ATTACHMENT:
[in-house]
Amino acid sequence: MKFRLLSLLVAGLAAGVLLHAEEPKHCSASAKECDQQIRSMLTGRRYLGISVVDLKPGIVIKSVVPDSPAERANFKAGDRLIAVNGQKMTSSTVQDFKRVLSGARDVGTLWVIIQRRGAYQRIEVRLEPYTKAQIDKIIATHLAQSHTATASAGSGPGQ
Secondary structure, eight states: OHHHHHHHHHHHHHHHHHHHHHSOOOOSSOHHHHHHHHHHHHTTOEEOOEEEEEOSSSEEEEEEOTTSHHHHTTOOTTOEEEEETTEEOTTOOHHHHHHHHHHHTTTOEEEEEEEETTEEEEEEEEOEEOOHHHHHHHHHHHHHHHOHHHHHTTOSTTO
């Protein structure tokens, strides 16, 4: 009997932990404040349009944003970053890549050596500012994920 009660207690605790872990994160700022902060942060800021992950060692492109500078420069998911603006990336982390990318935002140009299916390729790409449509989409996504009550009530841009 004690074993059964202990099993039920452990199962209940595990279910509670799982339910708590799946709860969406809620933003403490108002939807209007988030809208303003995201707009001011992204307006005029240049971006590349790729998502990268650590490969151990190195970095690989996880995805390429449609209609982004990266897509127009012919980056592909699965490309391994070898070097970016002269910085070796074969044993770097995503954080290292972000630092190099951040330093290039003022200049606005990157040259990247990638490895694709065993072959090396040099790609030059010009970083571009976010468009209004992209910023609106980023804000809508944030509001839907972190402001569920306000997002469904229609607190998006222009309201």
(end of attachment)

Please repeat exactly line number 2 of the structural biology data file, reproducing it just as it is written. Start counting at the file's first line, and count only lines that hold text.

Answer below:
Amino acid sequence: MKFRLLSLLVAGLAAGVLLHAEEPKHCSASAKECDQQIRSMLTGRRYLGISVVDLKPGIVIKSVVPDSPAERANFKAGDRLIAVNGQKMTSSTVQDFKRVLSGARDVGTLWVIIQRRGAYQRIEVRLEPYTKAQIDKIIATHLAQSHTATASAGSGPGQ